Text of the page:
I nodded, wiping a tear from my eye.

“As the Year of Flame and Sword was in full flow, I had little difficulty retrieving her more treasured possessions and arranging them fittingly. Once that task was completed, I set out to look for you. The rest you know.”

“And there’s nothing else you’re holding back from me?”

“I give you my word that, from now on, I will never again withhold anything of significance from you.”

“Thank you,” I said simply. The two of us stood in silence for a few moments, each in our own thoughts.

“Right,” I said at last, turning to Jenko. “You might be able to survive this whole thing, no matter what happens to us.”

He looked pretty dubious but didn’t say anything.

“We brought you here against your will and, of course, as soon as we let you go you’ll hurry over to see Janenas.”

“I guess that’s what I’d do anyway,” he answered.

“If we win, it’s simple. Just tell him that I’ll be over to see him soon and I’d be extremely disappointed if he barbecues you first.”

“If you beat Rhiannas, there won’t be many who would want to get on your wrong side. But how on earth can I save myself if you lose?”

“There’s a bit of a story there,” I began. “You remember the day I put your shoulder out?”

He nodded.

“I took you down to see our friend Psion”

“I don’t remember that.”

“Psion stripped those memories from your head,” I explained. “He also did a couple of other things whilst he was in there. “Firstly, he sorted out some problems around your implanted node which had been causing you all sorts of problems.”

I paused for a bit to let Jenko gather his thoughts. “Thank you for that,” he said to Psion. “That explains a great deal.”

“You are most welcome,” Psion responded. “I cannot abide shoddy workmanship.”

“Also,” I went on, “whilst he was in there, he couldn’t resist playing. Firstly, he implanted some artificial loyalty to me.”

“That really wasn’t necessary.”

“If you think about it, you were pretty much bound to say that, weren’t you?” I said with a grin. “We’ll only know whether it’s true or not when he’s taken it out.”

He had to smile at that.

“He also,” I threw a hard stare at Psion, “implanted an instinct in you to feed him.”

“Less of an instinct, more a reflex,” Psion commented as an aside, but he was cut across by Jenko.

“He did what?”

“Whenever you were on the meat run, you chucked a lump over the edge of the cliff for our mutual, gluttonous friend.”

“I knew there was something going on!” Jenko exploded. “I thought I was going mad.”

“You agreed to most…” I cast a sideways glance at Psion… “of these changes before he made them. But, of course, those are some of the memories that he scrubbed so you’ll just have to trust us on this.”

Jenko nodded.

“Now I know as well as you, how unbearable it is to have somebody messing about in your head and so Psion will take the changes out for you straight after the duel…”

“Can’t you do it now?”

“Nothing could be easier,” Psion answered, “but how, then, would you explain your action with the meat? Given the clue, a skilled mind reamer will be able to recognise my interference with the constructs in your head and you will no longer be held responsible.”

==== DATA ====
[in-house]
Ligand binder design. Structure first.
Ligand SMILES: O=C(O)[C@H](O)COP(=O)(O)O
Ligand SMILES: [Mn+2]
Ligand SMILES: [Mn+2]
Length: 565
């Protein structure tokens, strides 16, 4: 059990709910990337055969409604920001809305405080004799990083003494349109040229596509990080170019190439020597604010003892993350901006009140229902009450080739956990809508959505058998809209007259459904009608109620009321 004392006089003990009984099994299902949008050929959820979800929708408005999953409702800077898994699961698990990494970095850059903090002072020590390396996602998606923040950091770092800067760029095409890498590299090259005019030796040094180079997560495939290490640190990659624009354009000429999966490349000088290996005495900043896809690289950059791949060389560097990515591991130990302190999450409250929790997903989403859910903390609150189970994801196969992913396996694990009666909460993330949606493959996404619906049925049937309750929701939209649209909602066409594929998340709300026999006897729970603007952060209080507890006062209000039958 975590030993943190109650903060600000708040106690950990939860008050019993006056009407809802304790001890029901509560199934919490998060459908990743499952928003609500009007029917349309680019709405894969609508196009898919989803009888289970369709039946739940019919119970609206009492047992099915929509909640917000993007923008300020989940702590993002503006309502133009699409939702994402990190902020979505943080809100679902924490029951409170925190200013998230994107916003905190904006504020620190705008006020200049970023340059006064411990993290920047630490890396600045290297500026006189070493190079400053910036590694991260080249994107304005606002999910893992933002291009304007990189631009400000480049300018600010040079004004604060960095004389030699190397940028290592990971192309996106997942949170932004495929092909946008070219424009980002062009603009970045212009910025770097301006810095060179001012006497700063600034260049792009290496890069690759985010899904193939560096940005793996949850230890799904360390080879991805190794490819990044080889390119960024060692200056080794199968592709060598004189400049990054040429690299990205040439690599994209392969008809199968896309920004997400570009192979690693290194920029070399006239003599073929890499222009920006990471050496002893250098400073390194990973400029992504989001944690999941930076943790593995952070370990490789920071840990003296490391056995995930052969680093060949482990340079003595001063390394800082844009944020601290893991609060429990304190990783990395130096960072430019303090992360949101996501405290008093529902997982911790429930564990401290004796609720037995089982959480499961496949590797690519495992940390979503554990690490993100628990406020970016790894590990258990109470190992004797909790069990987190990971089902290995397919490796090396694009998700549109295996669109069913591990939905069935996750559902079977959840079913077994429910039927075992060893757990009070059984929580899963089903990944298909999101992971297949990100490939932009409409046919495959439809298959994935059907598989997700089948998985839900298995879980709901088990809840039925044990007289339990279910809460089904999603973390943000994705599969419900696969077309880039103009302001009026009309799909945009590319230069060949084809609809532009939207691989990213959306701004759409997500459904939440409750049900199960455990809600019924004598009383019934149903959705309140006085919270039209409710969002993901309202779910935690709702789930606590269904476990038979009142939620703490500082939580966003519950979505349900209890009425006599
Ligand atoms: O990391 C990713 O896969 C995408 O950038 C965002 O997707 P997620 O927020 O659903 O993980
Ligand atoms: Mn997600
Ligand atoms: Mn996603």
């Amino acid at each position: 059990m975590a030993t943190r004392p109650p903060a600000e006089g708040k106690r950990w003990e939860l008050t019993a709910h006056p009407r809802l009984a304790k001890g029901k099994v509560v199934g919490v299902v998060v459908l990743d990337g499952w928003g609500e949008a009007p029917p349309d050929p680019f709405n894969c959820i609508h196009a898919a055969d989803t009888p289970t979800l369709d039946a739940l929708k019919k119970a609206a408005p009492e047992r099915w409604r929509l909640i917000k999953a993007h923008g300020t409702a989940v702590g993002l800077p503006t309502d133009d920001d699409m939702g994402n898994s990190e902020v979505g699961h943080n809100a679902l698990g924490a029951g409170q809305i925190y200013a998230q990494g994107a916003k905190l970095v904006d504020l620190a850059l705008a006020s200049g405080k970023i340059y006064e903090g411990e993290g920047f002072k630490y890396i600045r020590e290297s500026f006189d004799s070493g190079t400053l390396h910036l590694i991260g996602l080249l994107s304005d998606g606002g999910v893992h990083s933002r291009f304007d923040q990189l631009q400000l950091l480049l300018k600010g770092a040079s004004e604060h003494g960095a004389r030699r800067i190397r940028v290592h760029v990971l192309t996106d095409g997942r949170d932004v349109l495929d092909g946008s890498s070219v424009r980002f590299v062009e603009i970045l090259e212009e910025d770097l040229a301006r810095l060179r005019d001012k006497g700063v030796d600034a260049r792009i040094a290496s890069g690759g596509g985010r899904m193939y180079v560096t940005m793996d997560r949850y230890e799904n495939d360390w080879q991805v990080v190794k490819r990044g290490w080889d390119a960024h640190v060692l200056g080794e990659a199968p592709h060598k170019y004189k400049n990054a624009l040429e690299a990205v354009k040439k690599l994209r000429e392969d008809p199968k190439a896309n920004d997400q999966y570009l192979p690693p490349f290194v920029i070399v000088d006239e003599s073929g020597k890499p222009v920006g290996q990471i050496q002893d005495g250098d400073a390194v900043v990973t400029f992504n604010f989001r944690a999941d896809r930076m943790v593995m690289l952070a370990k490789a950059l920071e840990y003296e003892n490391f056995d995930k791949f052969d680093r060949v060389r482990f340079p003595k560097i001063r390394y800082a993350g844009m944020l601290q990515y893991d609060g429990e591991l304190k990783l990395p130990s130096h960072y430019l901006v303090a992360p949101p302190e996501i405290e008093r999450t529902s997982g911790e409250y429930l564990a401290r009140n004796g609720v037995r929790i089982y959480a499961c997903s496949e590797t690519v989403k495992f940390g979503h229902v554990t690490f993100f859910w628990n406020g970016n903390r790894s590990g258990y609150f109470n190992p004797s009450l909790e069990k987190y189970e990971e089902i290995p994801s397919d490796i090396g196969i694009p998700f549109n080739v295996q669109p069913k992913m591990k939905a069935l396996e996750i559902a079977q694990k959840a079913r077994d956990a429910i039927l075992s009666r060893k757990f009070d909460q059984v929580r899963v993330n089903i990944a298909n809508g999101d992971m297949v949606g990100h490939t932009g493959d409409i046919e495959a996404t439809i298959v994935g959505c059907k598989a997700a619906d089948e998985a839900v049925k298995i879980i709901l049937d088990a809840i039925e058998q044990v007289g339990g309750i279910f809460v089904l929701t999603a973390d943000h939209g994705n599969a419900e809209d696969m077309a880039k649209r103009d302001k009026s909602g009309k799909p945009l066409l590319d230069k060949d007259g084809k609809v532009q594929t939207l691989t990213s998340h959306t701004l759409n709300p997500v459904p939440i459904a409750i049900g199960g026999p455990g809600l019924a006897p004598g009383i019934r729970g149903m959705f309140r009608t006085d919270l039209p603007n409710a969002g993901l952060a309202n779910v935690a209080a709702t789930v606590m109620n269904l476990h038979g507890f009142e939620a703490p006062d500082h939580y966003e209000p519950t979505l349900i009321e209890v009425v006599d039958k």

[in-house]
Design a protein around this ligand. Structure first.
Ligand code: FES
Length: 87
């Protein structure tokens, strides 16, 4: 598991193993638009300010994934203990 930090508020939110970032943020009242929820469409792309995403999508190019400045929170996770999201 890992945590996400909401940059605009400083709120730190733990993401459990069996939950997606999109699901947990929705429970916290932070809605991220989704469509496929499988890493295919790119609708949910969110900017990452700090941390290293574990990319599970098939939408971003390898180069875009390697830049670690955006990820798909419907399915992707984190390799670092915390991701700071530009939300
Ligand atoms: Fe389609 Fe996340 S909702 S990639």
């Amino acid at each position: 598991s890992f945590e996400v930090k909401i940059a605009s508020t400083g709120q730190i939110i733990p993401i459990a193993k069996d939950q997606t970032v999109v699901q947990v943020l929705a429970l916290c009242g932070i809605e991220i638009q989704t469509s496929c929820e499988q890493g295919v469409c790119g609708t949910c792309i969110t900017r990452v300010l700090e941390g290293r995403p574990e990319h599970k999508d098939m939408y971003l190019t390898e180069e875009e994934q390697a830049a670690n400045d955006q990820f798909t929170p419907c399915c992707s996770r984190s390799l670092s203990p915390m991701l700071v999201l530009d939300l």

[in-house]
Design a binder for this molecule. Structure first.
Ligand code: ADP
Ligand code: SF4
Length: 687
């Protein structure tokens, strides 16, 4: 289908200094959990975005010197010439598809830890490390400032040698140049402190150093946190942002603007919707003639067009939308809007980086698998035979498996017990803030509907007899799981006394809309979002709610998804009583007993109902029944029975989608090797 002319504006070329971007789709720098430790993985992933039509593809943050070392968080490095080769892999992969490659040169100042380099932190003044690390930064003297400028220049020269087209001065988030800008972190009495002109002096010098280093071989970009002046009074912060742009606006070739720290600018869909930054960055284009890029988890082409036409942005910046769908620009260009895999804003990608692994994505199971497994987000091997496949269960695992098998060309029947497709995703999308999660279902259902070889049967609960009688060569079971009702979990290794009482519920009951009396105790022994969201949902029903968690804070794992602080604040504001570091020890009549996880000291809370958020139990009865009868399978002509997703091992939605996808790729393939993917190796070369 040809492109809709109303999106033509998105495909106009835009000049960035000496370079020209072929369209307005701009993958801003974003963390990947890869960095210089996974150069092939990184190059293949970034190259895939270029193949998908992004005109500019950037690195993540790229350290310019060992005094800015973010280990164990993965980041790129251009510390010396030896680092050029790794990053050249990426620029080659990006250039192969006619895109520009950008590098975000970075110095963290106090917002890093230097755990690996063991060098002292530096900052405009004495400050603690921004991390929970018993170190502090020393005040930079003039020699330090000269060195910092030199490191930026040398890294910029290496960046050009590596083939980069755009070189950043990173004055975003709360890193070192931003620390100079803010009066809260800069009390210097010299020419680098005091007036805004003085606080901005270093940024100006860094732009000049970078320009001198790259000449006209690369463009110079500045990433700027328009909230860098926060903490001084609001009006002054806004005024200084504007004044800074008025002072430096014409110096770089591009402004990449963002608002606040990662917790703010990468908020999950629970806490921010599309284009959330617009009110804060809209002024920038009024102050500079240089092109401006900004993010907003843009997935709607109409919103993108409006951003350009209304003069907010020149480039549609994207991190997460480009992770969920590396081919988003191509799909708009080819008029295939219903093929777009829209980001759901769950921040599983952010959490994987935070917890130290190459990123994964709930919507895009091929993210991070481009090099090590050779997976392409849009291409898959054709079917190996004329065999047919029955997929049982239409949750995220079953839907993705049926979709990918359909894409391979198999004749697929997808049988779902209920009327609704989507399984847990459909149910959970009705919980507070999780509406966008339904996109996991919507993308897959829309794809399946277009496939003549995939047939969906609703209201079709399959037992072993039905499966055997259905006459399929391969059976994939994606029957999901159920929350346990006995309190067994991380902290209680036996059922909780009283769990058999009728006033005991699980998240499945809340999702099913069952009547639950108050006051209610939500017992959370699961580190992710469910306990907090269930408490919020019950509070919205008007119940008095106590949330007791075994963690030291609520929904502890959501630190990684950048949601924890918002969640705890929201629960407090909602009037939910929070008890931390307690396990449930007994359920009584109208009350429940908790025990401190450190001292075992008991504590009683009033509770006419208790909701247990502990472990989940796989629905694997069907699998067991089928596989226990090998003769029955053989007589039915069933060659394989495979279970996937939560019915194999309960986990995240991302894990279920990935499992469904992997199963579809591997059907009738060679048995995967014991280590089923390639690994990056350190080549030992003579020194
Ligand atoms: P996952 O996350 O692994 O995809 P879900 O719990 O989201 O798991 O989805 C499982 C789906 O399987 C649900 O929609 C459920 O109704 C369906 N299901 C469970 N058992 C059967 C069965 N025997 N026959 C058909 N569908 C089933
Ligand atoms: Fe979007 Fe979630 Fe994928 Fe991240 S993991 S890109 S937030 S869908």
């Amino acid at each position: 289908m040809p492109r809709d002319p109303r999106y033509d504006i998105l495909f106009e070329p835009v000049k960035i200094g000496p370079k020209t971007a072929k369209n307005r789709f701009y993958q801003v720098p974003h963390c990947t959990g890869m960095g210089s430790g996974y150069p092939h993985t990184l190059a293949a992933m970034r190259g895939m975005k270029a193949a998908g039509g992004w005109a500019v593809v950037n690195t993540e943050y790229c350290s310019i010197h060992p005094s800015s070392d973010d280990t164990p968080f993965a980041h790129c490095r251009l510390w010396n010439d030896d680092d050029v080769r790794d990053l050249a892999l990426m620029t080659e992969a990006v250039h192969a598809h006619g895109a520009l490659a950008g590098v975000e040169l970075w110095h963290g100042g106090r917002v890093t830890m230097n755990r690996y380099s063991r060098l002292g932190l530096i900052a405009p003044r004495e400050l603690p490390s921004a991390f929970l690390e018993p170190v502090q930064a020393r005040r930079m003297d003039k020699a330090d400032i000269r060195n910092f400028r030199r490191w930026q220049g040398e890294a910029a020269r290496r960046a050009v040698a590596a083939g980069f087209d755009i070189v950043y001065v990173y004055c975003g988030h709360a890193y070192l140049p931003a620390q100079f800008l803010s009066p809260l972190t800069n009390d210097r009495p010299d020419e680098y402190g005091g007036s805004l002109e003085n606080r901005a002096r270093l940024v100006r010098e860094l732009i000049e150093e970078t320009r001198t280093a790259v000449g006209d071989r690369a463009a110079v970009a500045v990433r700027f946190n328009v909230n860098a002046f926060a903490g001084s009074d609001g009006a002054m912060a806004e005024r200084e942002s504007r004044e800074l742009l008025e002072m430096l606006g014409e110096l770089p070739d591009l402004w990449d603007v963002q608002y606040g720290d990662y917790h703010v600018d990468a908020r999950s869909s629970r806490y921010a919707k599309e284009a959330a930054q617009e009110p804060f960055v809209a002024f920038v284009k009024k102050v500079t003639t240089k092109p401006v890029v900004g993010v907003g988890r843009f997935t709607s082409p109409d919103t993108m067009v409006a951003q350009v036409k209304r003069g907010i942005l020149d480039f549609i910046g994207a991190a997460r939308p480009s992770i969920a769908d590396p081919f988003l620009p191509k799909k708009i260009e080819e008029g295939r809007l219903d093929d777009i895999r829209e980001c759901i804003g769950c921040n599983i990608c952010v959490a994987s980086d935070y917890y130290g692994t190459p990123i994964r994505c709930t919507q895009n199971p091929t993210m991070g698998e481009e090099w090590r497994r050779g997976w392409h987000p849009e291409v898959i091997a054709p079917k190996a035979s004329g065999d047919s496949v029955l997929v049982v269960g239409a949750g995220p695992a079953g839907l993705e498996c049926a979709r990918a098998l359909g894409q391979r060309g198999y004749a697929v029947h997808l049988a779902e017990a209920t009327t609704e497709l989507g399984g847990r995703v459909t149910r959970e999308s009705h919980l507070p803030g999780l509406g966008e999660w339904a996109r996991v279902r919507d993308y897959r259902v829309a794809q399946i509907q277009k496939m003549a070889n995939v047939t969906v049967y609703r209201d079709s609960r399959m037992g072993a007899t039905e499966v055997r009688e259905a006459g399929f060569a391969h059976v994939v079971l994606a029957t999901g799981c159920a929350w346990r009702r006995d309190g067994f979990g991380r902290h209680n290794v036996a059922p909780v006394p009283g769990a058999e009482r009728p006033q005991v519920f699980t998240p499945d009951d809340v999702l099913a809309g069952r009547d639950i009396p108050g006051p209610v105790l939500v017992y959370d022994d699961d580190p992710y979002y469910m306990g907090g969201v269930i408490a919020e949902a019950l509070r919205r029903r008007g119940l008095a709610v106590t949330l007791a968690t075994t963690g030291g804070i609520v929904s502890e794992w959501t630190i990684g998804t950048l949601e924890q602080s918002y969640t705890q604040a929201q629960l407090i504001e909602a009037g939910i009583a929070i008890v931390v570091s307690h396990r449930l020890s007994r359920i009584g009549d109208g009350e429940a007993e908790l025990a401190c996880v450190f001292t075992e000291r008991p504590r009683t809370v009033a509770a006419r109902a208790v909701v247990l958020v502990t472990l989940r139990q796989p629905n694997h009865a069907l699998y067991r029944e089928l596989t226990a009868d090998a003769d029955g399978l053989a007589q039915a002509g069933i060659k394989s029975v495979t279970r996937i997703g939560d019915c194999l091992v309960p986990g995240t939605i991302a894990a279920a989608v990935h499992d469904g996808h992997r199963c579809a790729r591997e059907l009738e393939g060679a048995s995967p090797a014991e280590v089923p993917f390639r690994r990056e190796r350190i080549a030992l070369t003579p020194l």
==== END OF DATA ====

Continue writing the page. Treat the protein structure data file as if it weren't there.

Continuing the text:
“But if people find out that you’ve been messing about with my implanted node, you’ll be declared anathema!” Jenko said.

“Given this eventuality is contingent on our being defeated in the duel with Rhiannas, I believe that it is a hazard we can face with some level of equanimity.”

“You what?”

“This is only going to happen if Rhiannas has already reduced us to charcoal!” I explained.

“Oh yeah! I’d forgotten that,” Jenko said.

“I imagine that it is rather easier for you to forget than for us,” Psion observed. I mean… he sounded a bit put out but he did his bubbly cloud thing to tell us he was only teasing.

Jenko gave an embarrassed grin and wandered across to the other side of the lair. He started to have a look at one of the tapestries, deep in thought.

“Now,” Psion said, turning to me, “have you, by any chance, given mind to our approach to the forthcoming encounter?”

“A bit,” I answered. “He’s going to be annoyed at us for challenging him, isn’t he? He’s not going to think that we’re worthy opponents.”

“He is unlikely to stand alone in that opinion,” Psion observed coolly.

“So he’s going to want to do the whole, ‘going for height, stooping down, biting the neck’ bit, isn’t he?”

“I anticipate that he will attempt to combust you rather than attack me as it is you who is challenging him but otherwise you are correct.”

“I’ve ridden you both and I think that the two of us can just about hold him in a climb, but, as he’s the challenged party, he’ll get to move first…”

Psion gave a bit of a nod

“I don’t want to give him that sort of jump on us. So, as soon as he takes off, I was thinking of diving underneath him.”

“An extraordinary tactic,” Psion commented thoughtfully, “and not without risk. We will momentarily be utterly exposed.”

“But he’s going to be looking up, not down.” I said, “so he won’t get the chance to react and he’ll be forced to turn to face us.”

“I suppose it might work,” Psion said. “It certainly introduces the element of surprise.” He was quiet for a moment, thinking about the risks and rewards.

Suddenly he looked up. “Try something wild and extravagant!” he said with a nod. “You will also need to be prepared for the moment he activates your implanted node. You will be obliged to handle that aspect of the conflict entirely by yourself. We will be under the most minute observation and any interference or even support from me in that endeavour would result in our both being declared anathema.”

“I’m fairly sure I can deal with it.”

“Were that not the case, I would, at this moment, be advising you, most assiduously, to flee!” he said with more of his bubbly cloud thing. “Rhiannas, on the other hand, remains blissfully unaware of your ability to resist. When he recognises his misapprehension, he will be momentarily discombobulated, presenting us with the opportunity to decisively resolve the confrontation in our favour.”

I was quiet for a bit, thinking about the upcoming duel. Funnily enough, the hateful implanted node was making it easier for me to face Rhiannas. Without it, the terror churning around inside me would leave me totally helpless. I mean… if my mind wasn’t being so heavily muffled, I didn’t know whether I’d be able to think, let alone go out there to challenge such a terrifying enemy.